'Kick Out the Jams Mo'f%ers!' and Buy A Jag

"The Clash's 'London Calling, with its lyrical images of
nuclear winter, looming ice age and engine failure, might
seem a particularly annoying musical choice for selling an
elite brand of cars. But for Jaguar, the 1979 song was the
perfect accompaniment to the television commercials for its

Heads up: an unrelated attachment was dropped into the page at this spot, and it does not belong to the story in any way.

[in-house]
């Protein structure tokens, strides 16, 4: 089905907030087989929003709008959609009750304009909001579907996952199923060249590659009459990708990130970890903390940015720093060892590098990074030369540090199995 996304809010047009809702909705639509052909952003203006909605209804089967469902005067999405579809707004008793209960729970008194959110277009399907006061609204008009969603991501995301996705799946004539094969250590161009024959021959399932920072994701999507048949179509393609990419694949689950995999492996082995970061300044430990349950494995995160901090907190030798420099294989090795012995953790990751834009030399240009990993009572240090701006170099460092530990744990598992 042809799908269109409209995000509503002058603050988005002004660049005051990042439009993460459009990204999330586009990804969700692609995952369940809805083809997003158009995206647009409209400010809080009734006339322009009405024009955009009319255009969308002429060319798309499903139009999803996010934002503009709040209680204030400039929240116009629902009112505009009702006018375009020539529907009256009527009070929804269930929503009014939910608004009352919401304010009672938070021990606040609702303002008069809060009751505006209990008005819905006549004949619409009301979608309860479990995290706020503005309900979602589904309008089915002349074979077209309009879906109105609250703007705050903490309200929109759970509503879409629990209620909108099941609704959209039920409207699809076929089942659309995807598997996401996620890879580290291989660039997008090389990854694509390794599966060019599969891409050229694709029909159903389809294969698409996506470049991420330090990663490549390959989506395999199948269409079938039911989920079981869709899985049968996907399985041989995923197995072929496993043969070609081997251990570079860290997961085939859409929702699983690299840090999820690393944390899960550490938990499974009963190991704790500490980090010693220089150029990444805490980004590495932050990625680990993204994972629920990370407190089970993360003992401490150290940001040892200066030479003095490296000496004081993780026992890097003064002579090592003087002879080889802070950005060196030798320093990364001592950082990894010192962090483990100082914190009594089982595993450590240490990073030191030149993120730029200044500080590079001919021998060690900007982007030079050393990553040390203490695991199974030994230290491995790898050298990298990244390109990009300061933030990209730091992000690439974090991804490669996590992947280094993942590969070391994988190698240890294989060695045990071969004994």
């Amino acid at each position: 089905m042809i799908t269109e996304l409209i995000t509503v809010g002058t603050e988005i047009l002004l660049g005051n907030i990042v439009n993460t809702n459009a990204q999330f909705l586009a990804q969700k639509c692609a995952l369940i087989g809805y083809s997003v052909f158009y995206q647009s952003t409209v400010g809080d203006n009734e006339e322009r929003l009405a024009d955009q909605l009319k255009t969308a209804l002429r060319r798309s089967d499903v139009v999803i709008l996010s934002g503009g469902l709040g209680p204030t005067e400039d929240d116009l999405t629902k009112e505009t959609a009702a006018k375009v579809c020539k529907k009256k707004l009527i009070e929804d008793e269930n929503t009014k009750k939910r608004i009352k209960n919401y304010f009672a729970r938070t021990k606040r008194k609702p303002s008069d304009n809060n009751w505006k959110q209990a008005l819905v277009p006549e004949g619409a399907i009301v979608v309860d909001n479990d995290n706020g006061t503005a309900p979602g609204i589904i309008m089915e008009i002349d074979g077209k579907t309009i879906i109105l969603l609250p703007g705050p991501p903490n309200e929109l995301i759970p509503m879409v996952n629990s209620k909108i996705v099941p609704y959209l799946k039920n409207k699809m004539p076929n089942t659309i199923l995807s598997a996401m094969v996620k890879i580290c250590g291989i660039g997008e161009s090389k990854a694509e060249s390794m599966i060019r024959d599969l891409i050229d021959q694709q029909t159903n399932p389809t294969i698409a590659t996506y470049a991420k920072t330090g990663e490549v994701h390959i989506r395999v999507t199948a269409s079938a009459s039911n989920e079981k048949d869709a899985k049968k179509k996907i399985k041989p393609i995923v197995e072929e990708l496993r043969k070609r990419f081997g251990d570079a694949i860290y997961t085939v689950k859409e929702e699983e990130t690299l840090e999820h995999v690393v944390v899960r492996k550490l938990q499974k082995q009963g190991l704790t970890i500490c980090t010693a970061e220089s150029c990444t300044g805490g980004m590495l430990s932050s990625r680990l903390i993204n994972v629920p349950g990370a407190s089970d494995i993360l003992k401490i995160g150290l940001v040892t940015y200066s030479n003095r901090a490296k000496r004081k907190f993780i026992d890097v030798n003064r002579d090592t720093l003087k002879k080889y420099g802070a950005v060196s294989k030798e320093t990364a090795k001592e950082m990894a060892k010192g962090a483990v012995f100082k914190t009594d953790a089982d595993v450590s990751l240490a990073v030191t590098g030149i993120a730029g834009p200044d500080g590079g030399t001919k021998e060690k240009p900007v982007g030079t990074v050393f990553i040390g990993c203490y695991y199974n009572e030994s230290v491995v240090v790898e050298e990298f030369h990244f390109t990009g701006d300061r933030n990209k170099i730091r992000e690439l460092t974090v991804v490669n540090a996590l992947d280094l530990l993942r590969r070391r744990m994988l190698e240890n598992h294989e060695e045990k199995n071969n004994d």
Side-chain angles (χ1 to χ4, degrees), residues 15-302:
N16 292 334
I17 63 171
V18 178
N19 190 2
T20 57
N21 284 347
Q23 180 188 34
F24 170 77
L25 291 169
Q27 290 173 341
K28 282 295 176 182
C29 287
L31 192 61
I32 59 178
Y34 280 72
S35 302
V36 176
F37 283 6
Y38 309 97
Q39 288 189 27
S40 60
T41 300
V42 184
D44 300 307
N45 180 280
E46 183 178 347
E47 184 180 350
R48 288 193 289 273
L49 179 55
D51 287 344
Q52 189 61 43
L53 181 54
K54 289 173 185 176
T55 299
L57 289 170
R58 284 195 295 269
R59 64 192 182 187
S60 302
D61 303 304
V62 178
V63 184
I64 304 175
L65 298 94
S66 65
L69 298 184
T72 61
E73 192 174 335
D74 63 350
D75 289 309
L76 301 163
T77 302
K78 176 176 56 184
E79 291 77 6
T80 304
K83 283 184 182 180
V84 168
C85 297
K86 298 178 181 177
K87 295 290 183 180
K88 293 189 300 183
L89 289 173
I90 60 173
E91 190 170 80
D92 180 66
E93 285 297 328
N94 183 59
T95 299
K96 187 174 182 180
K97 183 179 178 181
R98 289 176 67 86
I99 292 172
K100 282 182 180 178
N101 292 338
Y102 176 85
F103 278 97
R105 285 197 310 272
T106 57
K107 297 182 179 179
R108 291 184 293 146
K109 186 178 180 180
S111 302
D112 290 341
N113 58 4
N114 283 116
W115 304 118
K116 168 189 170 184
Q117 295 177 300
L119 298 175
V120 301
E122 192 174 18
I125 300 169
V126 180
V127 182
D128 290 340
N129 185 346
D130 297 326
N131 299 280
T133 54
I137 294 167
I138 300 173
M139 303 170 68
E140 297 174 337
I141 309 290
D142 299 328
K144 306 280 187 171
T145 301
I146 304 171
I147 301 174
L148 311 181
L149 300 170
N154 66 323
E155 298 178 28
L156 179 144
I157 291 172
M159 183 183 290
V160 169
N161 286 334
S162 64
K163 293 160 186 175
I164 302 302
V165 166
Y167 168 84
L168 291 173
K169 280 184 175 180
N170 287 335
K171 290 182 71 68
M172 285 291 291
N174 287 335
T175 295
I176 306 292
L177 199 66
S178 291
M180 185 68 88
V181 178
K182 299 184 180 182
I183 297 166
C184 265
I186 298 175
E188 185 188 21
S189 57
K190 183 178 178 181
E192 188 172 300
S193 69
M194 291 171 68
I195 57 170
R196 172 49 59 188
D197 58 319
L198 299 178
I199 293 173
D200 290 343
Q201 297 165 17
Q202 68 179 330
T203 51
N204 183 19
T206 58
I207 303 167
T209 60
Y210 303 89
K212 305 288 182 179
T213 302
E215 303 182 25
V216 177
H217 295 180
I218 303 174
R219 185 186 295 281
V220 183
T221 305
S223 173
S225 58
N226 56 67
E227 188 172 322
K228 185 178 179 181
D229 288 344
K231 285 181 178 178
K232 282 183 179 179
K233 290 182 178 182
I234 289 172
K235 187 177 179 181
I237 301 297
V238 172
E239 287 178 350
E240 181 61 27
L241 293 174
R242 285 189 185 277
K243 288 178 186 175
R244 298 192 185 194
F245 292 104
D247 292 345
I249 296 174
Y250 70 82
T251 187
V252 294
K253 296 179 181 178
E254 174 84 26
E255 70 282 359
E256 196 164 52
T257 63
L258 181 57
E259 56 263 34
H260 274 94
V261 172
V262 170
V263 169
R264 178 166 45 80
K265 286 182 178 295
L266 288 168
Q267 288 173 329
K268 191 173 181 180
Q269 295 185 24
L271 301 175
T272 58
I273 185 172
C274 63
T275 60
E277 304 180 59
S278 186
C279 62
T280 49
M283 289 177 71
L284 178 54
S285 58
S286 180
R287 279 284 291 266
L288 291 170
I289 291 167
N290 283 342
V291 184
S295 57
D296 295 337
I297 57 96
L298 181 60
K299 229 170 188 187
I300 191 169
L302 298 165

new X-Type car. Jaguar is not the only company blithely using songs whose lyrics come off as downright contrary to the images of the brands they advertise. ... 'On its face, it's preposterous...' said Mark Crispin Miller, professor of media studies at New York University. ... But it probably works, Mr. Miller said, adding, 'Their hope is that as people drive their Jaguars, they'll feel like outlaws.' ... The success of advertisers with these ads suggests that making radical songs saccharine is actually easy. 'Meaning is extremely malleable,' said Gary Burns, professor of communication... 'If it's a good riff, people are going to listen to it,' even in a commercial, said Jason Fine, senior editor at Rolling Stone magazine. 'It doesn't particularly bother me or steal the song's meaning from me. I know a lot of people do feel that way, but that's become an outdated way of thinking.' "